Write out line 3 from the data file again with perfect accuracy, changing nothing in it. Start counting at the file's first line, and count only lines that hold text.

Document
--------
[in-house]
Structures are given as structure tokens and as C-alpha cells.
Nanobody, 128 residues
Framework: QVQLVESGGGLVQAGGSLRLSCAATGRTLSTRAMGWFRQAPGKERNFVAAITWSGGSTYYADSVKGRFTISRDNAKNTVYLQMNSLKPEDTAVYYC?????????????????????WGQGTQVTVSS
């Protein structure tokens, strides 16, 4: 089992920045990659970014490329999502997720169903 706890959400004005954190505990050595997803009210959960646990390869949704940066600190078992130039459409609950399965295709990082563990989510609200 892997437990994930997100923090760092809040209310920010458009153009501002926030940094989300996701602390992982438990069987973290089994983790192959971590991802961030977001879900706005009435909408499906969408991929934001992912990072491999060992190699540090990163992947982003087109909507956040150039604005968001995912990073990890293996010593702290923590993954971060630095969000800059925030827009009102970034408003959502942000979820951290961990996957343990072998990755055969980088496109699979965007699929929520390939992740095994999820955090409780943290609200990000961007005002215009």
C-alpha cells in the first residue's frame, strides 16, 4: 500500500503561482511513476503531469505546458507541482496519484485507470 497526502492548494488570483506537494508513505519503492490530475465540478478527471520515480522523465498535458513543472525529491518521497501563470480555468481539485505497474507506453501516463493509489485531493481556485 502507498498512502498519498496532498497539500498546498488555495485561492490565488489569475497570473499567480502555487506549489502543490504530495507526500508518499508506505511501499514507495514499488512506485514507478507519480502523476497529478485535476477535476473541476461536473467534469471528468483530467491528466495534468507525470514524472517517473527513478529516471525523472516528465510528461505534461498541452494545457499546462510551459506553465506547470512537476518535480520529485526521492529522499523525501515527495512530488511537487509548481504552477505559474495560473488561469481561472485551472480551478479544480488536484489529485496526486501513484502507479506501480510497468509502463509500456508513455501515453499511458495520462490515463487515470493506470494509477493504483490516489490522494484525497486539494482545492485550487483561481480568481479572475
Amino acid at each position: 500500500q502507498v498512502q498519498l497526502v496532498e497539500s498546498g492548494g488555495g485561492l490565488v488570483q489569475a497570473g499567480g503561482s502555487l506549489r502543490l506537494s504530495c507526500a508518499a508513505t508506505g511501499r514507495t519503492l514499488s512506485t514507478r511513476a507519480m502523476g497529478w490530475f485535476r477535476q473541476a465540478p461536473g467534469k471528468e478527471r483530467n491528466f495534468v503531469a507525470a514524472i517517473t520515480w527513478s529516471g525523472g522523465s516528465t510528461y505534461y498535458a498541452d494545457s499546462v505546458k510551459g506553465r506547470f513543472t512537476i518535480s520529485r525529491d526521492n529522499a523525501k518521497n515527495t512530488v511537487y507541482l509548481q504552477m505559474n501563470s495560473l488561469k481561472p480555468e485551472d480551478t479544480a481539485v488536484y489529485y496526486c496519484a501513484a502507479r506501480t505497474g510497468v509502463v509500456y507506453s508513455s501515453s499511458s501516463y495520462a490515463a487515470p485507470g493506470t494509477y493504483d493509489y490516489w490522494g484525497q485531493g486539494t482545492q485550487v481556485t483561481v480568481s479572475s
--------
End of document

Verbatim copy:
Nanobody, 128 residues